A new University of Florida study finds a number of complex patterns of polysubstance abuse among people who use cocaine. The findings appear in the journal Addictive Behavior Reports.
“Past research on cocaine polysubstance use mostly dichotomized all cocaine users into those who only used cocaine and those who used cocaine plus one other substance,” said lead author Ms. Yiyang Liu, a doctoral student in epidemiology at the University of Florida College of Public Health and Health Professions and College of Medicine. “However, patterns of polysubstance with more than two substances are typically ignored. In our study, we used latent class analysis to examine the complex patterns of polysubstance use among lifetime cocaine users.”
For the study, UF researchers asked participants about their past 30-day and other lifetime use of cocaine, alcohol, tobacco, marijuana and prescription medications. They also asked participants about mental health conditions and recent emergency department visits.
Using a modeling technique called latent class analysis, the researchers identified five patterns of past 30-day substance use among nearly 2,000 lifetime cocaine users. These included tobacco use only; alcohol, marijuana and tobacco use; tobacco, prescription opioid and sedative use; cocaine, alcohol, marijuana and tobacco use; and cocaine and multiple polysubstance use.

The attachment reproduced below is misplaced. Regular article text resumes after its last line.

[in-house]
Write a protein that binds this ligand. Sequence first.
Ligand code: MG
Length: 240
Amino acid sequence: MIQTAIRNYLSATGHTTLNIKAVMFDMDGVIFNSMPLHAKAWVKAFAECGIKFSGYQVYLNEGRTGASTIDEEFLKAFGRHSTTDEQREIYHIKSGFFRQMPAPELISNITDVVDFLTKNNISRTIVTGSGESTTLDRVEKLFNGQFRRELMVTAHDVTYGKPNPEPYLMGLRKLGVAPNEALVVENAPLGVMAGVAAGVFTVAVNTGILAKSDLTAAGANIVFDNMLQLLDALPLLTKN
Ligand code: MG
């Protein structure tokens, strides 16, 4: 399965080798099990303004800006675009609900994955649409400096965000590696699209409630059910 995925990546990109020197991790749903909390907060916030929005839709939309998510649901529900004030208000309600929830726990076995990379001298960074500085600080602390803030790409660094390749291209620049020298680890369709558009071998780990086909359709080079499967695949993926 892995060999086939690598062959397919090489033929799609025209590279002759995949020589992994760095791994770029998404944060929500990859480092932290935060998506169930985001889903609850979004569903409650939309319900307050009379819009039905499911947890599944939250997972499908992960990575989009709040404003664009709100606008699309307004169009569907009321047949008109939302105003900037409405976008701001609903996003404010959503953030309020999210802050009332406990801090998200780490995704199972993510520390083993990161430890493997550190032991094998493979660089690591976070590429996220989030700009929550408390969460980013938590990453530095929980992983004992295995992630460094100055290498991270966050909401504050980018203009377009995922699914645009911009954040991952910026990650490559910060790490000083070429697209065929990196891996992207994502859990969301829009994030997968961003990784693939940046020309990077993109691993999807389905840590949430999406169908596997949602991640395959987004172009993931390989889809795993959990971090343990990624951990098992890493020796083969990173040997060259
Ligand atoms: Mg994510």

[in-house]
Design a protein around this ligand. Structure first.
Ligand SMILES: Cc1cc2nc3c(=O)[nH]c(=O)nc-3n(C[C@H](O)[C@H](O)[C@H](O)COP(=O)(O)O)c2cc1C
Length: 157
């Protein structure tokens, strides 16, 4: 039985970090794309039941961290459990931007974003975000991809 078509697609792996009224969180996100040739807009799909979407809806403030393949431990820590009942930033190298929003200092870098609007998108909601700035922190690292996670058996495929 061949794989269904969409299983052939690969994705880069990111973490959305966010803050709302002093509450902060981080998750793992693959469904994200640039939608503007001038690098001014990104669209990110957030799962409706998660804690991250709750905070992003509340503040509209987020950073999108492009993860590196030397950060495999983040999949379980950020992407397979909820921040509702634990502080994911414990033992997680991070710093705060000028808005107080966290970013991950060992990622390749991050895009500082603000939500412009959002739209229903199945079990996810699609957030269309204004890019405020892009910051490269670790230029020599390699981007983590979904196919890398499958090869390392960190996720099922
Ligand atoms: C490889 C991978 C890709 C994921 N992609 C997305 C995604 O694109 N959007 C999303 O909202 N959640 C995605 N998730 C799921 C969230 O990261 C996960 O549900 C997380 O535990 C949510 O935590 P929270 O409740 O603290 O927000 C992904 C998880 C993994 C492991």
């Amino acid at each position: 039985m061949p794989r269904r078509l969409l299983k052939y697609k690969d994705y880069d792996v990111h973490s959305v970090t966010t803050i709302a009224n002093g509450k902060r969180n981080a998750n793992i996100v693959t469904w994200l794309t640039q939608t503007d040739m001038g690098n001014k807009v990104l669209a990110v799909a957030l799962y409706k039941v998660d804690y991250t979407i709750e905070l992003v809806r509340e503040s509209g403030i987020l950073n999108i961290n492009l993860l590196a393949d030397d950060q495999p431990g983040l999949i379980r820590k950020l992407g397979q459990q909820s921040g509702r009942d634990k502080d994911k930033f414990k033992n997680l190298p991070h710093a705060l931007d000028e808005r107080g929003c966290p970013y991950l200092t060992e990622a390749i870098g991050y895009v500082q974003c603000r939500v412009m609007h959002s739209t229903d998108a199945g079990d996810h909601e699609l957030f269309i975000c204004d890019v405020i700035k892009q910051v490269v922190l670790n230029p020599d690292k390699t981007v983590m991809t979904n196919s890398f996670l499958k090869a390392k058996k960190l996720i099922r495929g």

“Our findings indicate that cocaine polysubstance users are a heterogeneous group,” Ms. Liu said. “We found that there are several different patterns of use and each has different risk factors. This suggests one unified intervention may not work well for all cocaine users.”
Ms. Liu said that personalized interventions may be most effective for reducing risk associated with these substance use patterns.
With funding from the National Institute on Drug Abuse, Dr. Linda B. Cottler, a UF professor of epidemiology and PHHP’s associate dean for research, and Dr. Lori Knackstedt, an associate professor in the UF department of psychology, are conducting a study that will shed more light on patterns of substance use among cocaine users. They are studying details about simultaneous versus concomitant use of drugs, taking into account the time of day, day of the week and order of use. These patterns will then be used in rat models to understand their effect on brain function.
In addition to Ms. Liu, the research team included her mentor, Dr. Cottler; Ms. Amy Elliott and Ms. Mirsada Serdarevic, UF doctoral students in epidemiology; and Dr. Robert Leeman, an associate professor of health education and behavior in UF’s College of Health and Human Performance.